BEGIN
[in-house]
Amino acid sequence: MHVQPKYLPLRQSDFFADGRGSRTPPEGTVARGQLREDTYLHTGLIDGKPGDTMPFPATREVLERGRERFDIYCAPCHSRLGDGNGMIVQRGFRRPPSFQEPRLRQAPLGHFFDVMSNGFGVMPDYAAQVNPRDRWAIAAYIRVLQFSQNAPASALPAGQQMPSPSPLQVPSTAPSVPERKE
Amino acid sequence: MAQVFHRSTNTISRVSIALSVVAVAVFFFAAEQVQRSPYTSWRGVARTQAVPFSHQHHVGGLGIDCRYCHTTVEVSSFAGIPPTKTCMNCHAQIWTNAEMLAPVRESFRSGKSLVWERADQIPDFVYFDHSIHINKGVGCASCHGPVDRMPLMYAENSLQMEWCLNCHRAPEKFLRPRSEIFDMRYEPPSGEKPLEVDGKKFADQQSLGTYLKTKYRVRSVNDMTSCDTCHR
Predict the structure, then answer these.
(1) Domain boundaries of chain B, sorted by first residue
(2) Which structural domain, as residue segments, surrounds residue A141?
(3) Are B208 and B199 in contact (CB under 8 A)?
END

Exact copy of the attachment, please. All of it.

[in-house]
Amino acid sequence: MHVQPKYLPLRQSDFFADGRGSRTPPEGTVARGQLREDTYLHTGLIDGKPGDTMPFPATREVLERGRERFDIYCAPCHSRLGDGNGMIVQRGFRRPPSFQEPRLRQAPLGHFFDVMSNGFGVMPDYAAQVNPRDRWAIAAYIRVLQFSQNAPASALPAGQQMPSPSPLQVPSTAPSVPERKE
Amino acid sequence: MAQVFHRSTNTISRVSIALSVVAVAVFFFAAEQVQRSPYTSWRGVARTQAVPFSHQHHVGGLGIDCRYCHTTVEVSSFAGIPPTKTCMNCHAQIWTNAEMLAPVRESFRSGKSLVWERADQIPDFVYFDHSIHINKGVGCASCHGPVDRMPLMYAENSLQMEWCLNCHRAPEKFLRPRSEIFDMRYEPPSGEKPLEVDGKKFADQQSLGTYLKTKYRVRSVNDMTSCDTCHR
Predict the structure, then answer these.
(1) Domain boundaries of chain B, sorted by first residue
(2) Which structural domain, as residue segments, surrounds residue A141?
(3) Are B208 and B199 in contact (CB under 8 A)?